largemouth-bass-fishLARGEMOUTH & SPOTTED BASS:Good in stained sections on main channels and in the warmer, stained creek hollows. 2 to 15-feet. Very close to the shoreline next to wood structure on rocky shorelines in stained sections. Medium to shallow-running Bandits or Norman crankbaits at less than 15-feet deep, fished parallel and very close to the rocky shorelines. Some on jerk baits and swim baits in the same areas. Tennessee rigs took some close to the rocks on steeper banks. 3-inch plastic grubs (Twister type) or swimbaits (Yum, Yamamoto), close to shoreline rocks on the main channels. Willow-leaf spinners were working in the rocky shoreline areas.

SMALLMOUTH BASS: Moderate, improving. Same pattern. 10 to 20-feet deep, close to the bottom on main channel clay and gravel points, and surface to suspended at 20-feet in the channels where bird activity is present. Clay/mud points and shelves have produced at about 20-feet, bottom depth. Small hair or rubber jigs and swim baits deep on the humps. Tennessee rigs (3-hook restriction for each rod), are working on gravel/clay areas and off the steeper, rocky shorelines on the lower end. Small soft plastic jerkbaits (Assassins, for example) or Spooks casted into the feeding areas have taken breaking fish, depending on the depth fished. Float ‘n fly rigs are taking some, but have been slow to produce on most days. ¼-ounce doll flies (dark green or gray) tipped with minnows are working well along the bottom, at less than 15-feet deep on gently sloping gravel and large rock shorelines, often far from shore where the slope is more gradual.

June 1st – October 15th , one per day, 20‐inch minimum length limit. October 16th – May 31st, five per day (in combination with smallmouth), 18‐inch minimum length limit.

spotted-bass-fishSpotted Bass: See Largemouth Bass

striped-bass-fishStriped Bass: Fair. Surface, or 15 to 25-feet in mid-channel. These fish are scattered and are hard to locate. Trolled umbrella rigs are taking most of these fish. (There is a 3-hook restriction for each rod). Troll ½ to 1 oz bucktail jigs, umbrella rigs with trailers in pearl or chartreuse, or live bait (gizzard shad, shiners, or alewife) tightlined, or trolled with downriggers, to the depth of the forage fish schools in mid-channel especially across the points and humps. Surface feeding fish activity has been hard to locate. Regardless of the location on the reservoir, if there are flocks of feeding gulls, striped bass are likely in the area, feeding on the same forage. Recent catches came from Cove Creek (lower half), and on the Powell above Point 15.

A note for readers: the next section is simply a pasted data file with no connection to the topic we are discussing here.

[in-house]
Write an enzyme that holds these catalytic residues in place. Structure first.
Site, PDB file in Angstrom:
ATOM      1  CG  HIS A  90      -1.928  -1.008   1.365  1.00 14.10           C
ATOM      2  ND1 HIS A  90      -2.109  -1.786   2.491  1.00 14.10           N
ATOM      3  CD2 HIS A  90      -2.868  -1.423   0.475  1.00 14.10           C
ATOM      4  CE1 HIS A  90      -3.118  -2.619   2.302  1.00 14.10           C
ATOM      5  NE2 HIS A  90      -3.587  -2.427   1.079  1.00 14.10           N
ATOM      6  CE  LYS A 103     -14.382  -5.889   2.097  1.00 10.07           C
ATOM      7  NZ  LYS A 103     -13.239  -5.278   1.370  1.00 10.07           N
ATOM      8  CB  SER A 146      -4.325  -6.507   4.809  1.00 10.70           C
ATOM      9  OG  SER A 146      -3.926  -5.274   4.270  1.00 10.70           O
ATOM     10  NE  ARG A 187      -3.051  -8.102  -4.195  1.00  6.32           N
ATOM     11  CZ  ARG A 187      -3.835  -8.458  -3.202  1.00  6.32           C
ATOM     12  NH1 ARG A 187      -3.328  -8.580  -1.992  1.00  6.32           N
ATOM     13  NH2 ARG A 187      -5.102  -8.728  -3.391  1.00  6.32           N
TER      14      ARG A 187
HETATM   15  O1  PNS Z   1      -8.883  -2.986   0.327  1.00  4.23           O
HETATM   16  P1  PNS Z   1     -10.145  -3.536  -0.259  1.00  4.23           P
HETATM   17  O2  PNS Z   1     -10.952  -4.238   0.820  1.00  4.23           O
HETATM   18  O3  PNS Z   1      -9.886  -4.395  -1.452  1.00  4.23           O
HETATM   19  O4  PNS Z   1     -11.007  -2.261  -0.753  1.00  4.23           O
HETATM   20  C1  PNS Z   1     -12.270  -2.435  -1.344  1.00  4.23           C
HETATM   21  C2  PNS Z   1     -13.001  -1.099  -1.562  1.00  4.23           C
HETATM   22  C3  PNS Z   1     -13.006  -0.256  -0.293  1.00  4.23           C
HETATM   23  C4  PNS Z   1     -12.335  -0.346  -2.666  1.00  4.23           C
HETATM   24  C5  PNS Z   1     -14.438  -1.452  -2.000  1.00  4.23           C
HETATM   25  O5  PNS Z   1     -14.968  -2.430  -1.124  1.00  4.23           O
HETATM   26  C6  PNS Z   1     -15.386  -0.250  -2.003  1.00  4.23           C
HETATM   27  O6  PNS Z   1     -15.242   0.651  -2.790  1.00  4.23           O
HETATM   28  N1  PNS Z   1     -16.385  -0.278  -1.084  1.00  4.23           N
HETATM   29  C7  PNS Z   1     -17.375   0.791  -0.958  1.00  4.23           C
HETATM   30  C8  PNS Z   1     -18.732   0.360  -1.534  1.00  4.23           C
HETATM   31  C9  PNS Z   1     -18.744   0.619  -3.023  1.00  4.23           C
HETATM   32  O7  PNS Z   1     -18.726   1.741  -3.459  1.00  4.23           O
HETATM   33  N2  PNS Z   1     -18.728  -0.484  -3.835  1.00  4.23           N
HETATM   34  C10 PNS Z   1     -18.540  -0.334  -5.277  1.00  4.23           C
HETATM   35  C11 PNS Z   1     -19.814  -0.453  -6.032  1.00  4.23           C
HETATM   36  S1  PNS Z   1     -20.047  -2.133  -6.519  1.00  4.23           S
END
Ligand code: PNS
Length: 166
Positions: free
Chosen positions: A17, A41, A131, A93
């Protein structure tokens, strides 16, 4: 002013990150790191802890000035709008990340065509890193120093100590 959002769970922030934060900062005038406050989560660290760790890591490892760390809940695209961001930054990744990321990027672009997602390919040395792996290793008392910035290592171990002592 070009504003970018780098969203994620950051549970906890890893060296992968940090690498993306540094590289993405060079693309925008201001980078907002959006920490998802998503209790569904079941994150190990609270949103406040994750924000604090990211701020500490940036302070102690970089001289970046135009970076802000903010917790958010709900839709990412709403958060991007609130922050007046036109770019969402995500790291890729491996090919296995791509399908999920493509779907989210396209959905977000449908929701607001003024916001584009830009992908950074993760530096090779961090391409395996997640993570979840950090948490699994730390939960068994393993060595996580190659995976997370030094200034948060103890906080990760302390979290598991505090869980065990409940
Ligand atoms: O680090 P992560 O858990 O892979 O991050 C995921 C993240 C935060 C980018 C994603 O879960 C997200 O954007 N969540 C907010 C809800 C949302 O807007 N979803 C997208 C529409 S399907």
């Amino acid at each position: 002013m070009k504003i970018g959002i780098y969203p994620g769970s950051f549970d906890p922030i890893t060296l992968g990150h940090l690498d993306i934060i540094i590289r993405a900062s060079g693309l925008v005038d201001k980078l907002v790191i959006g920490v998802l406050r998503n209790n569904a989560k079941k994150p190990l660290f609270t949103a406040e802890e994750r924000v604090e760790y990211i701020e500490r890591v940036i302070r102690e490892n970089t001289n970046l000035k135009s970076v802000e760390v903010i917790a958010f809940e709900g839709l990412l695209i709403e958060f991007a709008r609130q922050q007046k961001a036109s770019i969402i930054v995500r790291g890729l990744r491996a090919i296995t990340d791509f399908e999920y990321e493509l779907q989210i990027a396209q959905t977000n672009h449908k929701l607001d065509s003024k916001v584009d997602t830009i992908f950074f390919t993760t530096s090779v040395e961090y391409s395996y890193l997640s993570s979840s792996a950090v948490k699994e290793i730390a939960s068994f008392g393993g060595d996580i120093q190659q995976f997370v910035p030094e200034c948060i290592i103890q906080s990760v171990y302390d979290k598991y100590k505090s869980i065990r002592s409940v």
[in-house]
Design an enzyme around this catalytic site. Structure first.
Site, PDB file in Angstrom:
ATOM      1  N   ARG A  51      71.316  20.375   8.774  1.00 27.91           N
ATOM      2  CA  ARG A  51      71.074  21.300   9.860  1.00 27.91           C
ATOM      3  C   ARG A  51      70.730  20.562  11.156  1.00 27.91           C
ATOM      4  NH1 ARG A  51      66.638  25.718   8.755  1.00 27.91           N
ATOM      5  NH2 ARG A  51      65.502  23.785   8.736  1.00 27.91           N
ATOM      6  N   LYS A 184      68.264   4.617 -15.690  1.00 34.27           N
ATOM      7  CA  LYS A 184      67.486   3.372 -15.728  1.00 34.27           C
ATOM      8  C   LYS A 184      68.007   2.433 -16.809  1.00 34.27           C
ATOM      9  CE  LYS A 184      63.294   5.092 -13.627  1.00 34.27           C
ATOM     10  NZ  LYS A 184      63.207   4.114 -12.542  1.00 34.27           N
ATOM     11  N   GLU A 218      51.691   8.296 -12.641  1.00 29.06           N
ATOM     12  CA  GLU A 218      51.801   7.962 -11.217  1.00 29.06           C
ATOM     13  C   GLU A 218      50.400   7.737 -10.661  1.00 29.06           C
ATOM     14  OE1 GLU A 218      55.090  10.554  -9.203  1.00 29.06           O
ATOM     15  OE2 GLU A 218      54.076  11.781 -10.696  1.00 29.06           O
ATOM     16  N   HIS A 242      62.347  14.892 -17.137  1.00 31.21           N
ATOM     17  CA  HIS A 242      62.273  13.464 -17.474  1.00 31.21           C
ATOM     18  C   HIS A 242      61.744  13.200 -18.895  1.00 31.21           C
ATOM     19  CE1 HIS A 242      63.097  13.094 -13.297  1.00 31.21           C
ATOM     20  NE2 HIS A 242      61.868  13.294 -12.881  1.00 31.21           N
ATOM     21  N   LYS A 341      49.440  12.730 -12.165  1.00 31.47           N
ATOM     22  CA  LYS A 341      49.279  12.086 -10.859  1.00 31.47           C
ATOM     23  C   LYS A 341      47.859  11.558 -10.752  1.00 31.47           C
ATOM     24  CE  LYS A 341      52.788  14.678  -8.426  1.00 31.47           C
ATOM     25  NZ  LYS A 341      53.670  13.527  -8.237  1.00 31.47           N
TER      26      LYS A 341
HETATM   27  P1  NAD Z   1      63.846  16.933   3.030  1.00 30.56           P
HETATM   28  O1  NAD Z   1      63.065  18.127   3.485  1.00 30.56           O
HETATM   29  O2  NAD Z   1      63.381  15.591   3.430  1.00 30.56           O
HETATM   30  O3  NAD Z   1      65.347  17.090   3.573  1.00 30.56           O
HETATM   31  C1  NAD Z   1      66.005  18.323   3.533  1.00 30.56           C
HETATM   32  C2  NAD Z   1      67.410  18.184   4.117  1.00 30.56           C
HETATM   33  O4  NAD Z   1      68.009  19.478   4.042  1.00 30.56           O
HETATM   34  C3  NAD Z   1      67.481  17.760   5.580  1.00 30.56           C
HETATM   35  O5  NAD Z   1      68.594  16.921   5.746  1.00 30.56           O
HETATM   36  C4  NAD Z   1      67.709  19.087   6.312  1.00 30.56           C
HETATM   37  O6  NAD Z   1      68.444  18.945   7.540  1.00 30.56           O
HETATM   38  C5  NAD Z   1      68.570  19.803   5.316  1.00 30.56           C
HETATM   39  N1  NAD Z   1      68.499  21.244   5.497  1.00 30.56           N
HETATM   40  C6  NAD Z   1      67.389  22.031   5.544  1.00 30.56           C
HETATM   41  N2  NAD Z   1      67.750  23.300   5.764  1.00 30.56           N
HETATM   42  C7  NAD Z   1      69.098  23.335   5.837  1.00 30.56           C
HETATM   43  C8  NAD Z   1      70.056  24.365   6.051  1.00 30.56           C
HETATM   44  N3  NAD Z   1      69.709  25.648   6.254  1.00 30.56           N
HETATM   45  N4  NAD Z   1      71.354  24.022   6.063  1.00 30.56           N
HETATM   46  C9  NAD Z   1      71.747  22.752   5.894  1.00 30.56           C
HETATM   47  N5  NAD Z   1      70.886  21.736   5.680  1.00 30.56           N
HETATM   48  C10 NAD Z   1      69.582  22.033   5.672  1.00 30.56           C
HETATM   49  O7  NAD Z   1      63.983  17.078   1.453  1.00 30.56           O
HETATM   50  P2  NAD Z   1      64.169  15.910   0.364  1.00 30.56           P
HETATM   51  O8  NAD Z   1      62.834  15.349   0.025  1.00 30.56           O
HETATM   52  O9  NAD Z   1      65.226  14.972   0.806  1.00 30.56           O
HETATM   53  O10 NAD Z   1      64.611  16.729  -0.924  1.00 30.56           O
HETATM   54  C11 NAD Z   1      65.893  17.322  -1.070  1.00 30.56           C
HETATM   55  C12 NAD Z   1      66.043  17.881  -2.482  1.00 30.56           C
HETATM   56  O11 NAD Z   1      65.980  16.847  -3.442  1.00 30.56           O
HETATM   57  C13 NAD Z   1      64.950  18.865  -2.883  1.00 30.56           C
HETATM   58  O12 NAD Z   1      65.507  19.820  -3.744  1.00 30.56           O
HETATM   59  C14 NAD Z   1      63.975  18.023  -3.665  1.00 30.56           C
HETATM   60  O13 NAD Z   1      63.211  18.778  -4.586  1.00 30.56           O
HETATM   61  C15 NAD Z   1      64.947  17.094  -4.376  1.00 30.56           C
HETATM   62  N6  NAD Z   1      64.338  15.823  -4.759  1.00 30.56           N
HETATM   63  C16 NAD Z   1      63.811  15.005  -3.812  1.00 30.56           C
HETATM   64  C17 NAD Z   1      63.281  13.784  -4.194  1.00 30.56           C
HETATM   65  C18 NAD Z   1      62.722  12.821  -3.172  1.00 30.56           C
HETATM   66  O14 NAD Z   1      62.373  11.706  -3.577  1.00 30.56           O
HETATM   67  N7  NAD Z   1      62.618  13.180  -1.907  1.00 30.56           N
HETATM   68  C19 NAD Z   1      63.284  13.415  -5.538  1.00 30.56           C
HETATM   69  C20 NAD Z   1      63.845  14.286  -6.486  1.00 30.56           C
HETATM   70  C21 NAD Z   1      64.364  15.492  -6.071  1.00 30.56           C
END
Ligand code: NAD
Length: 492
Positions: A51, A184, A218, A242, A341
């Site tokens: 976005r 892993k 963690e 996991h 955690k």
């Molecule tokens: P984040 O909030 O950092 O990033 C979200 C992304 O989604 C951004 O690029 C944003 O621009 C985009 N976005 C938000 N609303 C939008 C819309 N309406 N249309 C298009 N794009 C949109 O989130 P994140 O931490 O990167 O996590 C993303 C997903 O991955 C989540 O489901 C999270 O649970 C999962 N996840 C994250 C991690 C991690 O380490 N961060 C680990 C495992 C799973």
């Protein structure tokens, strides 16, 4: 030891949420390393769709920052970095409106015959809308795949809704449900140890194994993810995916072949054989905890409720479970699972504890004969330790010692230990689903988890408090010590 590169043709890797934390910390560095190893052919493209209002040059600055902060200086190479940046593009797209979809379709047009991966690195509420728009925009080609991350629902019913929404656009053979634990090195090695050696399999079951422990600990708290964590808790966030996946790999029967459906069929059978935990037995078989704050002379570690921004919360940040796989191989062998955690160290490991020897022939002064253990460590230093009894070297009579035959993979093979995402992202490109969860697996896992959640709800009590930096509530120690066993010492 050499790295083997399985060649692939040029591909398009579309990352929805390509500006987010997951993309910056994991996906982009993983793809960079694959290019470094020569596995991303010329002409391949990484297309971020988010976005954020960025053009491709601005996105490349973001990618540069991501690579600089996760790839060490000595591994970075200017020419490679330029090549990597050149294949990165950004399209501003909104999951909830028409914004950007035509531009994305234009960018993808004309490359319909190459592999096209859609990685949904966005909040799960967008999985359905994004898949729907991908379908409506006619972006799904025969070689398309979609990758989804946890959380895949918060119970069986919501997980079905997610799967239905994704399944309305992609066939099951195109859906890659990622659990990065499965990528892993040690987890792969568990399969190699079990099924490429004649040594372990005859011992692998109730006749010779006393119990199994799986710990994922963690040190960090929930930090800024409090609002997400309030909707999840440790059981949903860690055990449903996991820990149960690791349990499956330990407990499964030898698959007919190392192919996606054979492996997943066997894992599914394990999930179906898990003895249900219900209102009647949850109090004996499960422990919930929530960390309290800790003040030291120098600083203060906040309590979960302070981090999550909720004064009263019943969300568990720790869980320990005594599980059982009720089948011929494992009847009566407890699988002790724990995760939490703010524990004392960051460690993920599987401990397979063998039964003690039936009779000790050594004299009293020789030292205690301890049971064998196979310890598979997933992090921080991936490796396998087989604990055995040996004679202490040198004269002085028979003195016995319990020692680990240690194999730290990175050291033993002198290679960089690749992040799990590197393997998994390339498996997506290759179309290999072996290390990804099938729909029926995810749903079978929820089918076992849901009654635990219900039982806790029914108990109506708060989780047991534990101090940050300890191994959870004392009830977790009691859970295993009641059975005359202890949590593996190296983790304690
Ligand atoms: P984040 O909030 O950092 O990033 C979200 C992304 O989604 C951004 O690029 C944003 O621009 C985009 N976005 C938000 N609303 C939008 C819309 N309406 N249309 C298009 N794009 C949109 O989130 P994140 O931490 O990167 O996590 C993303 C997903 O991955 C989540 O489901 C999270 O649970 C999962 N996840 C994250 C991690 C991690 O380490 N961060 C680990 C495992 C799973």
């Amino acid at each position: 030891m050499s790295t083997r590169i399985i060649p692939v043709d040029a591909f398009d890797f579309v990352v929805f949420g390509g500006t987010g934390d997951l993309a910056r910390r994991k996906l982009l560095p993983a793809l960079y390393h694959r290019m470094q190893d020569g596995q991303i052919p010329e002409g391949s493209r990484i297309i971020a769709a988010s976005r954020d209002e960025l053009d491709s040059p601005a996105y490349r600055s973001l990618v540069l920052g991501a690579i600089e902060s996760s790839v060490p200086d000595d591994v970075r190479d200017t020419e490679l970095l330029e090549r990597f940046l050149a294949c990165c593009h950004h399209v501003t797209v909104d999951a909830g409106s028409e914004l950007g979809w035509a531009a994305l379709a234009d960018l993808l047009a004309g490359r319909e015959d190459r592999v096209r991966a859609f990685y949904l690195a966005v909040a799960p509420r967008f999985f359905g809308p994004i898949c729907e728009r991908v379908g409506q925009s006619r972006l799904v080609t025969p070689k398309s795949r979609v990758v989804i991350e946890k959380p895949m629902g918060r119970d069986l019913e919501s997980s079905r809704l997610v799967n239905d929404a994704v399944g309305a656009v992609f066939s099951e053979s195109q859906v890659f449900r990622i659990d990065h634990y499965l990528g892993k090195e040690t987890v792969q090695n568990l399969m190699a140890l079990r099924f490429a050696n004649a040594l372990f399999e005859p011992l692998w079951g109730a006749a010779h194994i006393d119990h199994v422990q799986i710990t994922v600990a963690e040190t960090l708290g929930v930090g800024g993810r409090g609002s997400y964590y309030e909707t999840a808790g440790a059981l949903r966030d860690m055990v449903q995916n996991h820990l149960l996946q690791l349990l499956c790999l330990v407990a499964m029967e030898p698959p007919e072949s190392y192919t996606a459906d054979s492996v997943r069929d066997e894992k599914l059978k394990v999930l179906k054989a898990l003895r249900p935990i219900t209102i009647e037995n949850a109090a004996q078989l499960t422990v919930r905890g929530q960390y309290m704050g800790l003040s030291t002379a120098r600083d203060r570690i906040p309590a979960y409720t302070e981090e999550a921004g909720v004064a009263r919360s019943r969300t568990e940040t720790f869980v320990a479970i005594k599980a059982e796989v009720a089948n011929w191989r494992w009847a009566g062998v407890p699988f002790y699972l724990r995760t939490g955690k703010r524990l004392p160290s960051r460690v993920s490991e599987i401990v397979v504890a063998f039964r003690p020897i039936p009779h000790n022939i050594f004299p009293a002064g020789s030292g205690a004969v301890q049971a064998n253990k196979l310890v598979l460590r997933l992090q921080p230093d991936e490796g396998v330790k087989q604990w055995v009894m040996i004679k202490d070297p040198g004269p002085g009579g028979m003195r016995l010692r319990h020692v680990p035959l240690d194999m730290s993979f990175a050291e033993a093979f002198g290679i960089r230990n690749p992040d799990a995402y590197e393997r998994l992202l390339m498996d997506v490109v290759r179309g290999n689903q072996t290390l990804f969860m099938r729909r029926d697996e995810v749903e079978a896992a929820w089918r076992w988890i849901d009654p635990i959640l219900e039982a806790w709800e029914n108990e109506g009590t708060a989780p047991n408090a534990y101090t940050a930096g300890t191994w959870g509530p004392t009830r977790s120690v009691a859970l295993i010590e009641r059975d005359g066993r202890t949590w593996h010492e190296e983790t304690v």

There is a new, statewide hook regulation in effect. Read it here: http://www.eregulations.com/tennessee/fishing/statewide‐limits‐regulations/

REGULATION REMINDER FOR STRIPED BASS: April 1 – October 31, 2 per day, 15-inch minimum length limit.

walleye-fishWALLEYE: Moderate 5 to 15 feet, on the bottom. Troll or cast doll flies tipped with plastic grubs or night crawlers, or Long Billed Rebels, Thundersticks, Model-A’s, or similar lures along the bottom in pre-spawn areas. The shoals at Indian Creek (Point 34 and above) are starting to produce, but many are still downstream as far as Point 32. The Powell side is slow, but usually runs a week or two later than the Clinch run. Powell walleye are staging near Greasy Hollow and above, and to the run between Slate Creek and Earl’s Hollow access.

Source: TWRA - Tennessee Wildlife Resources Agency - Fishing Reports